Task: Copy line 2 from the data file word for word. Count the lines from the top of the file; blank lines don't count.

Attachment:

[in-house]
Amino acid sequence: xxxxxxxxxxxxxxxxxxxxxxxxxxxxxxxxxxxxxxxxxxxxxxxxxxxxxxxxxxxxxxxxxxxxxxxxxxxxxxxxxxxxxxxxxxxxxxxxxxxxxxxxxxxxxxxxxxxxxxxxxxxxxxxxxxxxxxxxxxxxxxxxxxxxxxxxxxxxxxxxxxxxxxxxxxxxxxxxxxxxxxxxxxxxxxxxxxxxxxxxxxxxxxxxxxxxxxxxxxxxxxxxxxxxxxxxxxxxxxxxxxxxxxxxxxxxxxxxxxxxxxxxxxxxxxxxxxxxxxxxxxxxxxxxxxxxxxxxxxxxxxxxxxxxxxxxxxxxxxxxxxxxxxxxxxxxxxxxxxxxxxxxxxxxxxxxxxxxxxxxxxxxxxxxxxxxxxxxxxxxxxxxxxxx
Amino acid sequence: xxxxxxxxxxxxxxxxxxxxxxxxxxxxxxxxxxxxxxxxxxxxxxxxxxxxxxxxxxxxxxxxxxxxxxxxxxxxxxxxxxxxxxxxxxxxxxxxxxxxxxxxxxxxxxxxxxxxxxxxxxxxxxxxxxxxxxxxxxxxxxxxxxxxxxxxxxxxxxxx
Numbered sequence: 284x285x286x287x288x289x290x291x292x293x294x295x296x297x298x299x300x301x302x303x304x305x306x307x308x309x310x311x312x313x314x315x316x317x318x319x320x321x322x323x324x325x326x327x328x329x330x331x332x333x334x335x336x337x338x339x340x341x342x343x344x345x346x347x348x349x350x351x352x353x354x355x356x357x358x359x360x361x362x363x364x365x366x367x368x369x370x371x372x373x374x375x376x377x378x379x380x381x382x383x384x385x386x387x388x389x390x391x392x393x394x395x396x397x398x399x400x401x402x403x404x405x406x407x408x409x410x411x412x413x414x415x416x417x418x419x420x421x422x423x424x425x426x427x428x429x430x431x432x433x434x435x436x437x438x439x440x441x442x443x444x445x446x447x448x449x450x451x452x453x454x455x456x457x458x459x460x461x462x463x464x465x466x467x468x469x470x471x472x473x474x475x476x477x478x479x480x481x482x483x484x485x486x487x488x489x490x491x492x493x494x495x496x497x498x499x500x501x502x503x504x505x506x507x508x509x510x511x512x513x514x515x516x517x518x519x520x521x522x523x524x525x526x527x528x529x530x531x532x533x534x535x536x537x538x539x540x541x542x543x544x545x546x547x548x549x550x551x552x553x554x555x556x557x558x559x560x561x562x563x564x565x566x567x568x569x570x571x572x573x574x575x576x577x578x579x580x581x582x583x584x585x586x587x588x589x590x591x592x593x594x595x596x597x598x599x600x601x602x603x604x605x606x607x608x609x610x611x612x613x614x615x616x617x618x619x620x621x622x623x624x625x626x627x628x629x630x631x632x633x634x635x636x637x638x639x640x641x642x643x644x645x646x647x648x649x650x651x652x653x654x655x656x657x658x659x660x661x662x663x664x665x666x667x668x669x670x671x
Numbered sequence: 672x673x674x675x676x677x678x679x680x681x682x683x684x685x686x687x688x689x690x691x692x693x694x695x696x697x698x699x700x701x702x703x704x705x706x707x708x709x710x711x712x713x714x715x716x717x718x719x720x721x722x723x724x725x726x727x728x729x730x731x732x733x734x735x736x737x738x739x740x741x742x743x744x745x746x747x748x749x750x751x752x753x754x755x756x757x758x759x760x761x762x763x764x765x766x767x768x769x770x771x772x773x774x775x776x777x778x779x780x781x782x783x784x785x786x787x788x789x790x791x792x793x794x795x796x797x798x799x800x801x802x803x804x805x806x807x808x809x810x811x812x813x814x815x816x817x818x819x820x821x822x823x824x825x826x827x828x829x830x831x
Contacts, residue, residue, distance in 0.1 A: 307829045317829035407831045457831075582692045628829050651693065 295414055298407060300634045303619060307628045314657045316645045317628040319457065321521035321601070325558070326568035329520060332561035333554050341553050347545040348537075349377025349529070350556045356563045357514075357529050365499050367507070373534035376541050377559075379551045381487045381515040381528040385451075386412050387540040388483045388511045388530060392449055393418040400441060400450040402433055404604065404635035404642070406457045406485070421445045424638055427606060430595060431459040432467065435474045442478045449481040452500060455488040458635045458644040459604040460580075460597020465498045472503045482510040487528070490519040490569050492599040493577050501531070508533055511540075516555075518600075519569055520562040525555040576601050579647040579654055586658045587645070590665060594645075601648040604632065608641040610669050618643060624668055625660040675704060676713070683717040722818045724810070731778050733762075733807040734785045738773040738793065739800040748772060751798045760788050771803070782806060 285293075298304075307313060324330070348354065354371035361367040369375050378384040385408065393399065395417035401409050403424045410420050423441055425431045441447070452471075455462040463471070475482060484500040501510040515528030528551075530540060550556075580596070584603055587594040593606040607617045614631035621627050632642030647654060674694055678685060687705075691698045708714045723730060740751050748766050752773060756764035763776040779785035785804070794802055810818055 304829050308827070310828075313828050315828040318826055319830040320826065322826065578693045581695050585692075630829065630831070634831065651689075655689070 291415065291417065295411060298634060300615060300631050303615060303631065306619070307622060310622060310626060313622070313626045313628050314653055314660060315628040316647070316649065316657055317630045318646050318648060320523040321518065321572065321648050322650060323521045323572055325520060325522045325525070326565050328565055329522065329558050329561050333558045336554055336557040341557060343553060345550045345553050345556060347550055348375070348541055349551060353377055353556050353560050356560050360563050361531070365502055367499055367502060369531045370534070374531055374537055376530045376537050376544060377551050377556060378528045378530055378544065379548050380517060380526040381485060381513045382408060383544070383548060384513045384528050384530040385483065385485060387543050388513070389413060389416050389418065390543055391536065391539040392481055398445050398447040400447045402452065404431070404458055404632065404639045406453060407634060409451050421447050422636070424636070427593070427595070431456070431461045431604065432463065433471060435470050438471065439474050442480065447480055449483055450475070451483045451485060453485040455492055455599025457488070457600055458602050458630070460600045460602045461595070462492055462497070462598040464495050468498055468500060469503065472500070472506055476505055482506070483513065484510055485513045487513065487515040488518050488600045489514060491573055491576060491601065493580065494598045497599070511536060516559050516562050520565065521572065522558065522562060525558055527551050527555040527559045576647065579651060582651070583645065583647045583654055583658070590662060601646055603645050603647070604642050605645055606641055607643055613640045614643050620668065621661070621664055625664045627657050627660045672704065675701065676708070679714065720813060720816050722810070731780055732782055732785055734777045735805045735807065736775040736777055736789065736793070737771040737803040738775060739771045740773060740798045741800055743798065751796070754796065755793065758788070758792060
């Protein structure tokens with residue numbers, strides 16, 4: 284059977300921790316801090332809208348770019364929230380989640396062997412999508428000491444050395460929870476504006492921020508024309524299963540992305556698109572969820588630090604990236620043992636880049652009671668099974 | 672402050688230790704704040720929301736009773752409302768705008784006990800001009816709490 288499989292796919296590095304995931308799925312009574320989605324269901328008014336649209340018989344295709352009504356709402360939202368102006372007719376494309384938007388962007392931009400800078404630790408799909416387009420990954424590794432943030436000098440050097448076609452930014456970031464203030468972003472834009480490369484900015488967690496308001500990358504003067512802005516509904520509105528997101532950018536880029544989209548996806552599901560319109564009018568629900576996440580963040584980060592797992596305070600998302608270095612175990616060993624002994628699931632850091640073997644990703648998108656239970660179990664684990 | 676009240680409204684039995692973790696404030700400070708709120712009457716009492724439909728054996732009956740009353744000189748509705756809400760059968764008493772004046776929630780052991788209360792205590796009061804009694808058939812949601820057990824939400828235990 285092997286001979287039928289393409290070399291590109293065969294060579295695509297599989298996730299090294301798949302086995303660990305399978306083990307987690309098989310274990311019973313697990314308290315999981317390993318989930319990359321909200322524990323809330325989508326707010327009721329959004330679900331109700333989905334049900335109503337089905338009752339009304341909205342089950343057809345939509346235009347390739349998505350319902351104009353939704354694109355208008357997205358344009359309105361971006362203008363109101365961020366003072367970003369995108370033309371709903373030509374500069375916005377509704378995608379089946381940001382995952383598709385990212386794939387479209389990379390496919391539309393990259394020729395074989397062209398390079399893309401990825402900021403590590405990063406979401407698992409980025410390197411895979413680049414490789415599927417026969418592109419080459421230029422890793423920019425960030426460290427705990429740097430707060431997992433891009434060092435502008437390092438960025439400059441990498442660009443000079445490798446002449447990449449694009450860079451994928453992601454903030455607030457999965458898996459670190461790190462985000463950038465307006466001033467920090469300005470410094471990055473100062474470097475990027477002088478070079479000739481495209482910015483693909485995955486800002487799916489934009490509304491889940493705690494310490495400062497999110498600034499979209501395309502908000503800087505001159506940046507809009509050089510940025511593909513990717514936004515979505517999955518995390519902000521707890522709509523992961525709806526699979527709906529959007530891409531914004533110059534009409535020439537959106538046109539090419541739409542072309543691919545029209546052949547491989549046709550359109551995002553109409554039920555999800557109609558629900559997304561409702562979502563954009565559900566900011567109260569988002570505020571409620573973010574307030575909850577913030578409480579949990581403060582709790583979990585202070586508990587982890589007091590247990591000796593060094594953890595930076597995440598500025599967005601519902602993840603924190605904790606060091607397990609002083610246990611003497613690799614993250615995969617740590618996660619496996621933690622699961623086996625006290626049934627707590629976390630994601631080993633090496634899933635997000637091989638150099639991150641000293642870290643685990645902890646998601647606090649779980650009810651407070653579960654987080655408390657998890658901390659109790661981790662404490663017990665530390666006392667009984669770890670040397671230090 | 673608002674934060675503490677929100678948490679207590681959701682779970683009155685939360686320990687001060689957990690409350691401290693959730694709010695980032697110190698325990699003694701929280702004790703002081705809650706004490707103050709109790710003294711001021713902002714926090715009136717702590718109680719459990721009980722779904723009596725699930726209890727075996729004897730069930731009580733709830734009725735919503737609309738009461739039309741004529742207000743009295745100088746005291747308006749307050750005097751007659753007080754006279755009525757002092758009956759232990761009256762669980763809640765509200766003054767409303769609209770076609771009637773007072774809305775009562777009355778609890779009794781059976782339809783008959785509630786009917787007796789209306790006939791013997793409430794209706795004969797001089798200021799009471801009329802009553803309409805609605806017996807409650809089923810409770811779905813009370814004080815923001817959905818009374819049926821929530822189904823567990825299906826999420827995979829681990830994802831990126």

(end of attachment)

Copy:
Amino acid sequence: xxxxxxxxxxxxxxxxxxxxxxxxxxxxxxxxxxxxxxxxxxxxxxxxxxxxxxxxxxxxxxxxxxxxxxxxxxxxxxxxxxxxxxxxxxxxxxxxxxxxxxxxxxxxxxxxxxxxxxxxxxxxxxxxxxxxxxxxxxxxxxxxxxxxxxxxxxxxxxxxxxxxxxxxxxxxxxxxxxxxxxxxxxxxxxxxxxxxxxxxxxxxxxxxxxxxxxxxxxxxxxxxxxxxxxxxxxxxxxxxxxxxxxxxxxxxxxxxxxxxxxxxxxxxxxxxxxxxxxxxxxxxxxxxxxxxxxxxxxxxxxxxxxxxxxxxxxxxxxxxxxxxxxxxxxxxxxxxxxxxxxxxxxxxxxxxxxxxxxxxxxxxxxxxxxxxxxxxxxxxxxxxxxxx